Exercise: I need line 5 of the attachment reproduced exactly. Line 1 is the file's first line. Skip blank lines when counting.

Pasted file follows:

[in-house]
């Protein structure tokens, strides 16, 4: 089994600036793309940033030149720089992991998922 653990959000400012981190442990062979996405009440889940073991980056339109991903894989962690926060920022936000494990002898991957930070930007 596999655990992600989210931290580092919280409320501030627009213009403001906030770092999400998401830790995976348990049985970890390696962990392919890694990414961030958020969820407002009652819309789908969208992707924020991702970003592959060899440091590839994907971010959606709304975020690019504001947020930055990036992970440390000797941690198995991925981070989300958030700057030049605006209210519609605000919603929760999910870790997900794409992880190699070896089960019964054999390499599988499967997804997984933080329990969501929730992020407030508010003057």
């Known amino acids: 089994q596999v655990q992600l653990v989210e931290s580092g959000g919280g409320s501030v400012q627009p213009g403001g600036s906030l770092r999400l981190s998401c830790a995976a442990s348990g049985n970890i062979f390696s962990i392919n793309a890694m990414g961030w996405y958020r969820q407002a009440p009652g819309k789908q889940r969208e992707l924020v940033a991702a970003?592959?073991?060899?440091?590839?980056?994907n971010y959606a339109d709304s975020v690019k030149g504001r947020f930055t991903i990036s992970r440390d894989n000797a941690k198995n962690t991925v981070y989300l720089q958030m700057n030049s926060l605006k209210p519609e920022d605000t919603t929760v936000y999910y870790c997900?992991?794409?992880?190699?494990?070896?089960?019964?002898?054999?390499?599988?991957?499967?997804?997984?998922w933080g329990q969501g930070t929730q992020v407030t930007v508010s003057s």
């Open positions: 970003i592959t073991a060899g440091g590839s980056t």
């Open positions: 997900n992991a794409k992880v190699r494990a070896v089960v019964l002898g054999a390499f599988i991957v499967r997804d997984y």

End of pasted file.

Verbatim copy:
């Open positions: 997900n992991a794409k992880v190699r494990a070896v089960v019964l002898g054999a390499f599988i991957v499967r997804d997984y």